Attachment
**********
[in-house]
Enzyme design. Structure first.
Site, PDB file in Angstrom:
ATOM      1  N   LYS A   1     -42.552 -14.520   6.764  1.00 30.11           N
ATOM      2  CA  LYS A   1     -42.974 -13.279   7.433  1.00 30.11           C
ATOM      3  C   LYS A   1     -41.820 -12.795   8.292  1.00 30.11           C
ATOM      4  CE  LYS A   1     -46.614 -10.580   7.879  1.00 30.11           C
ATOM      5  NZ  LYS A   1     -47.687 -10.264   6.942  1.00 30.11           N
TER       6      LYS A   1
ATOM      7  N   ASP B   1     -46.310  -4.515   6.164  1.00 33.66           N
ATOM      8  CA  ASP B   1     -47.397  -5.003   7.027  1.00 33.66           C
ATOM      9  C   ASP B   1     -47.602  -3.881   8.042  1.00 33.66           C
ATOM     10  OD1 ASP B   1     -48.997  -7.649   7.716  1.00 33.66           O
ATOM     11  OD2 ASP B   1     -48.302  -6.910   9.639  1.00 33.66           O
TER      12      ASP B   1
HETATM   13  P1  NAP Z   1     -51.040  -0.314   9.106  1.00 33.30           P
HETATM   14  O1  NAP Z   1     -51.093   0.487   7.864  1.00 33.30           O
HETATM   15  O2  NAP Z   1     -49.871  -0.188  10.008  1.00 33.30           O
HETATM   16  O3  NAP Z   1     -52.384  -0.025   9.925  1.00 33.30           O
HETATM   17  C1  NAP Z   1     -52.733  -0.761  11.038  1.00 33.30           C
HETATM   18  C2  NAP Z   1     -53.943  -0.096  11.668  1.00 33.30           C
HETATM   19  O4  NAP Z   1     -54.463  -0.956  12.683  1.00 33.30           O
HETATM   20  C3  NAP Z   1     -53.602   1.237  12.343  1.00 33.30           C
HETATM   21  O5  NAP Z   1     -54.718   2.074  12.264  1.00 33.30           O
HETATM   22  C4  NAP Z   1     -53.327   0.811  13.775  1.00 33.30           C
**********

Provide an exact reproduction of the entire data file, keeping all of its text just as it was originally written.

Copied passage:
[in-house]
Enzyme design. Structure first.
Site, PDB file in Angstrom:
ATOM      1  N   LYS A   1     -42.552 -14.520   6.764  1.00 30.11           N
ATOM      2  CA  LYS A   1     -42.974 -13.279   7.433  1.00 30.11           C
ATOM      3  C   LYS A   1     -41.820 -12.795   8.292  1.00 30.11           C
ATOM      4  CE  LYS A   1     -46.614 -10.580   7.879  1.00 30.11           C
ATOM      5  NZ  LYS A   1     -47.687 -10.264   6.942  1.00 30.11           N
TER       6      LYS A   1
ATOM      7  N   ASP B   1     -46.310  -4.515   6.164  1.00 33.66           N
ATOM      8  CA  ASP B   1     -47.397  -5.003   7.027  1.00 33.66           C
ATOM      9  C   ASP B   1     -47.602  -3.881   8.042  1.00 33.66           C
ATOM     10  OD1 ASP B   1     -48.997  -7.649   7.716  1.00 33.66           O
ATOM     11  OD2 ASP B   1     -48.302  -6.910   9.639  1.00 33.66           O
TER      12      ASP B   1
HETATM   13  P1  NAP Z   1     -51.040  -0.314   9.106  1.00 33.30           P
HETATM   14  O1  NAP Z   1     -51.093   0.487   7.864  1.00 33.30           O
HETATM   15  O2  NAP Z   1     -49.871  -0.188  10.008  1.00 33.30           O
HETATM   16  O3  NAP Z   1     -52.384  -0.025   9.925  1.00 33.30           O
HETATM   17  C1  NAP Z   1     -52.733  -0.761  11.038  1.00 33.30           C
HETATM   18  C2  NAP Z   1     -53.943  -0.096  11.668  1.00 33.30           C
HETATM   19  O4  NAP Z   1     -54.463  -0.956  12.683  1.00 33.30           O
HETATM   20  C3  NAP Z   1     -53.602   1.237  12.343  1.00 33.30           C
HETATM   21  O5  NAP Z   1     -54.718   2.074  12.264  1.00 33.30           O
HETATM   22  C4  NAP Z   1     -53.327   0.811  13.775  1.00 33.30           C